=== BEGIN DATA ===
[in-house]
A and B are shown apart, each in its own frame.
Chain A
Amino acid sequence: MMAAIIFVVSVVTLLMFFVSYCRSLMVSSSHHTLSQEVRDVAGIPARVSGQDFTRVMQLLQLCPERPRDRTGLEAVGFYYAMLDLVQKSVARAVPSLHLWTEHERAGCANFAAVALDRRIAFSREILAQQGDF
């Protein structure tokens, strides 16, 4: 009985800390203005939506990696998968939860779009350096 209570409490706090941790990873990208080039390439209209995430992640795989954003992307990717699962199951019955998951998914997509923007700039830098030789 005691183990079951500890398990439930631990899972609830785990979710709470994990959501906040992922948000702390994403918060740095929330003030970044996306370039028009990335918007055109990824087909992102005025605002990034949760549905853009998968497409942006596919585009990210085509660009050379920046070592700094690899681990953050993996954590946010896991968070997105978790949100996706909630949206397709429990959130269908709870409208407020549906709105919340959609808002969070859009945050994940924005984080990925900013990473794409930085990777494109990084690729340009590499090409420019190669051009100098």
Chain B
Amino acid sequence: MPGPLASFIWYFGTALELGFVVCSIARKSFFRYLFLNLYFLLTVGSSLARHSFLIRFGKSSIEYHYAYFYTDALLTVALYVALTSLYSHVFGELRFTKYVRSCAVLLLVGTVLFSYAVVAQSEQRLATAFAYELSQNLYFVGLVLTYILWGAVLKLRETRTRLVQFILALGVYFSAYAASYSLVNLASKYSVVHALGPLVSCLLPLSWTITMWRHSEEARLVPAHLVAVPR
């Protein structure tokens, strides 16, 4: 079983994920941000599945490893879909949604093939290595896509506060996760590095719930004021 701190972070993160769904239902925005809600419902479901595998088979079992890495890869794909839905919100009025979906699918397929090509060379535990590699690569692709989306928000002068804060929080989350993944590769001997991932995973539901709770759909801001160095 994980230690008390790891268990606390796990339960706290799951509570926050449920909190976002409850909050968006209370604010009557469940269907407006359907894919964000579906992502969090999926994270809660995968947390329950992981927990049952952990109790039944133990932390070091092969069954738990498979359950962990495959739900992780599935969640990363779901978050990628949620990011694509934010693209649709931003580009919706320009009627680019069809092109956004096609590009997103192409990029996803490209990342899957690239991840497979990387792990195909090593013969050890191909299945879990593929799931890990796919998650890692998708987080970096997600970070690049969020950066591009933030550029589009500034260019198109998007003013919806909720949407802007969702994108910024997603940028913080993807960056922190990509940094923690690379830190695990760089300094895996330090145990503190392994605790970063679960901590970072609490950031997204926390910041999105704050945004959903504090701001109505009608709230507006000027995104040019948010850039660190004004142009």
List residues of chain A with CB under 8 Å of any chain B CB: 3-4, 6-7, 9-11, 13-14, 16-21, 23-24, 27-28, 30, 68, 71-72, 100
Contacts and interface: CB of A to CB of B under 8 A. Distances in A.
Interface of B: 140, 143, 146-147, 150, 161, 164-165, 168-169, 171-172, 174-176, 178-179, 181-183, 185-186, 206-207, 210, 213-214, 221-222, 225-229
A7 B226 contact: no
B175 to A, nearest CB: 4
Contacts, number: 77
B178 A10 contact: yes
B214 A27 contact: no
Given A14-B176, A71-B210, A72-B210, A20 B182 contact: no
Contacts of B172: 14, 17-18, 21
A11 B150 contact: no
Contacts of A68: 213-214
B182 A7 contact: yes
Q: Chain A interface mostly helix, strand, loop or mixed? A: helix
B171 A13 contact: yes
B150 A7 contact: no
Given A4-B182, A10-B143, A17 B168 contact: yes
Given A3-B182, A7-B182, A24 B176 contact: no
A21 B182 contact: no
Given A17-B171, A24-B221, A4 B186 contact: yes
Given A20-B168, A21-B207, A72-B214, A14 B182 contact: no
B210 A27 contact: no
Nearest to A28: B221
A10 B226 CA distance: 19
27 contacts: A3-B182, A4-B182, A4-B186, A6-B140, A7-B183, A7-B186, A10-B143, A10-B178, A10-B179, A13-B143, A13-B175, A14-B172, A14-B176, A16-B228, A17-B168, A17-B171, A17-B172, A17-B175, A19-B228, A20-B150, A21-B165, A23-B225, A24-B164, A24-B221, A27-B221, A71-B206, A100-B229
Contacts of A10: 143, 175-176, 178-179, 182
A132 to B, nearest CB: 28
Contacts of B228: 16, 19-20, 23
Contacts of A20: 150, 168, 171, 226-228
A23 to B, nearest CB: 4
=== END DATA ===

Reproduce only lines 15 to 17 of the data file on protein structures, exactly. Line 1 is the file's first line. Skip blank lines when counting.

B178 A10 contact: yes
B214 A27 contact: no
Given A14-B176, A71-B210, A72-B210, A20 B182 contact: no